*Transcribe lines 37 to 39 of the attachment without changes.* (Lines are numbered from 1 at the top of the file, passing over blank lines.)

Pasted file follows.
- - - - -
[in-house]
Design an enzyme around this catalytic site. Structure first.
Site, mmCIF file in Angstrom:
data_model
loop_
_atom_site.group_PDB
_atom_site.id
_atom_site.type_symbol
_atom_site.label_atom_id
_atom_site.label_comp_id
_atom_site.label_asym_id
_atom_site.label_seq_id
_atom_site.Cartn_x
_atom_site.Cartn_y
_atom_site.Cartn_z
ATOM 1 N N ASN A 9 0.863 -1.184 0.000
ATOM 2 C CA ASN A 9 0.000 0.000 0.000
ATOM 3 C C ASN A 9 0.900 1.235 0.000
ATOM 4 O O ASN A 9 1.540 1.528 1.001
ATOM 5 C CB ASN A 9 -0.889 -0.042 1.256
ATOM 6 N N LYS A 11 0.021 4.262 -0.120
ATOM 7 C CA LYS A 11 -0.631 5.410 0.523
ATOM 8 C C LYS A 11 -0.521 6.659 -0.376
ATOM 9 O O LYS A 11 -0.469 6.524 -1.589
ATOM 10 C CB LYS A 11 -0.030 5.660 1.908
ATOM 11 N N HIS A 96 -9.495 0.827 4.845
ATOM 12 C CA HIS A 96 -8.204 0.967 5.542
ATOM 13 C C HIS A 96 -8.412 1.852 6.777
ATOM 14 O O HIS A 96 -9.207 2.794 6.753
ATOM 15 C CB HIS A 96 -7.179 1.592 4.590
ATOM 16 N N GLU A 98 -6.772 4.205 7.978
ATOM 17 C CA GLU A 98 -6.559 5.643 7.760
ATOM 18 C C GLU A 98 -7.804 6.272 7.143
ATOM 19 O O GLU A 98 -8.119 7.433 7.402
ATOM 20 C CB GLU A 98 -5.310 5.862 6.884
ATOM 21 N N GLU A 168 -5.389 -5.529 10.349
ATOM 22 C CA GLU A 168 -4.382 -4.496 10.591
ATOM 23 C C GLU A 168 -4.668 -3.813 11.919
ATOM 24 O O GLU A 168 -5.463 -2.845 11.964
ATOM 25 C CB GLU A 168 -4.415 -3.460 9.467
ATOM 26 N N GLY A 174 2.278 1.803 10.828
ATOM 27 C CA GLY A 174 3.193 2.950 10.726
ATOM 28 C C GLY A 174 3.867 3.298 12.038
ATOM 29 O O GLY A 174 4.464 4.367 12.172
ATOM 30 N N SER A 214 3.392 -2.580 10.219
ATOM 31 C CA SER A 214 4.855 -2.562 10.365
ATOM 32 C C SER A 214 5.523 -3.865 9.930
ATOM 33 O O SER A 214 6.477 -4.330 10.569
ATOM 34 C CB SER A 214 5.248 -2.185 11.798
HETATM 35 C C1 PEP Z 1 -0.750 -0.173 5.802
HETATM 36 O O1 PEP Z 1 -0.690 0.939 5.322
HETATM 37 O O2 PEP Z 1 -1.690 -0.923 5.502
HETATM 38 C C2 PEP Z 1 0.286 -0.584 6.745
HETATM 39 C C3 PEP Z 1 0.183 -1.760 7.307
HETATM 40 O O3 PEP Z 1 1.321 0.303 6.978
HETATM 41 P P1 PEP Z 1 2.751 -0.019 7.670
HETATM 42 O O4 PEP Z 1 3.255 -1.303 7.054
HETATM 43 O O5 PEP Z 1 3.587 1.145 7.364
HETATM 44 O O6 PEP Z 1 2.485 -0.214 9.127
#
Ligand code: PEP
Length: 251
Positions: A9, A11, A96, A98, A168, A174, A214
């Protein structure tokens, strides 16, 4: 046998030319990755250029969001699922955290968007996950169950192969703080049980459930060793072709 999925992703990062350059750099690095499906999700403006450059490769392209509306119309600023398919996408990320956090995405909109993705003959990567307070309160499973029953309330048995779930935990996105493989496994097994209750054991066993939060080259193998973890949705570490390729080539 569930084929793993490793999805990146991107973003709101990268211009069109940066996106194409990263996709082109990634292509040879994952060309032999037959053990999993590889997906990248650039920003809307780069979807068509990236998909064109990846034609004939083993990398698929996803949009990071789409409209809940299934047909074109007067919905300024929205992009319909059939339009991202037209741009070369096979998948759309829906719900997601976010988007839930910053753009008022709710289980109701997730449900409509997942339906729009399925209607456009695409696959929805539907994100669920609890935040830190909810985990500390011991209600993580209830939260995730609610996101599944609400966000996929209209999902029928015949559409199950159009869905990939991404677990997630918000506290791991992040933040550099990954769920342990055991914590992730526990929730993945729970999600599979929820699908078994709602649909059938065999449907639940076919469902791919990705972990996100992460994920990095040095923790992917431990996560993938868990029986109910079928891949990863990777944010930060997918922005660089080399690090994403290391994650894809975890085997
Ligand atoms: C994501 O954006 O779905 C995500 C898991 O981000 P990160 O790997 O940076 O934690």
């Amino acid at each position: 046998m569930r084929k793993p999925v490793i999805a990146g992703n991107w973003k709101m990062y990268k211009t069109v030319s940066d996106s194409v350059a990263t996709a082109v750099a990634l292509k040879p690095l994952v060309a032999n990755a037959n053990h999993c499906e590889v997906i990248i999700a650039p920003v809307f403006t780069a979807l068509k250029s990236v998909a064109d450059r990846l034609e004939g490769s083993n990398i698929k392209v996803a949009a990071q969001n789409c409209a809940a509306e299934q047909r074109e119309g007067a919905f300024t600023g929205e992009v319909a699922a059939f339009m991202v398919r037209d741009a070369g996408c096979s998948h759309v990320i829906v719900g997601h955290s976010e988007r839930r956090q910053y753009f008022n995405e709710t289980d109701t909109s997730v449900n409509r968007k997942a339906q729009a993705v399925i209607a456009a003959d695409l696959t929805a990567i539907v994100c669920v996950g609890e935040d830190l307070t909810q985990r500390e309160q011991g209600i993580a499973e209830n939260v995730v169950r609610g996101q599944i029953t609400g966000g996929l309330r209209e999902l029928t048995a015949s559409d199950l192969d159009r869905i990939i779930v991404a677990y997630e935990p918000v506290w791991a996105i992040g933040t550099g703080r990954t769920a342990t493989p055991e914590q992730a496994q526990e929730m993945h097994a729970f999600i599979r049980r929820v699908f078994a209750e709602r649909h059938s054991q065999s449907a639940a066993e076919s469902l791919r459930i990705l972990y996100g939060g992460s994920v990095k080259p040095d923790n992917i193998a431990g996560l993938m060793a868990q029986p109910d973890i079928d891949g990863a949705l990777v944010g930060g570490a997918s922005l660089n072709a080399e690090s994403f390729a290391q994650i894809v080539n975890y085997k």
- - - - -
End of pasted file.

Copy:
ATOM 22 C CA GLU A 168 -4.382 -4.496 10.591
ATOM 23 C C GLU A 168 -4.668 -3.813 11.919
ATOM 24 O O GLU A 168 -5.463 -2.845 11.964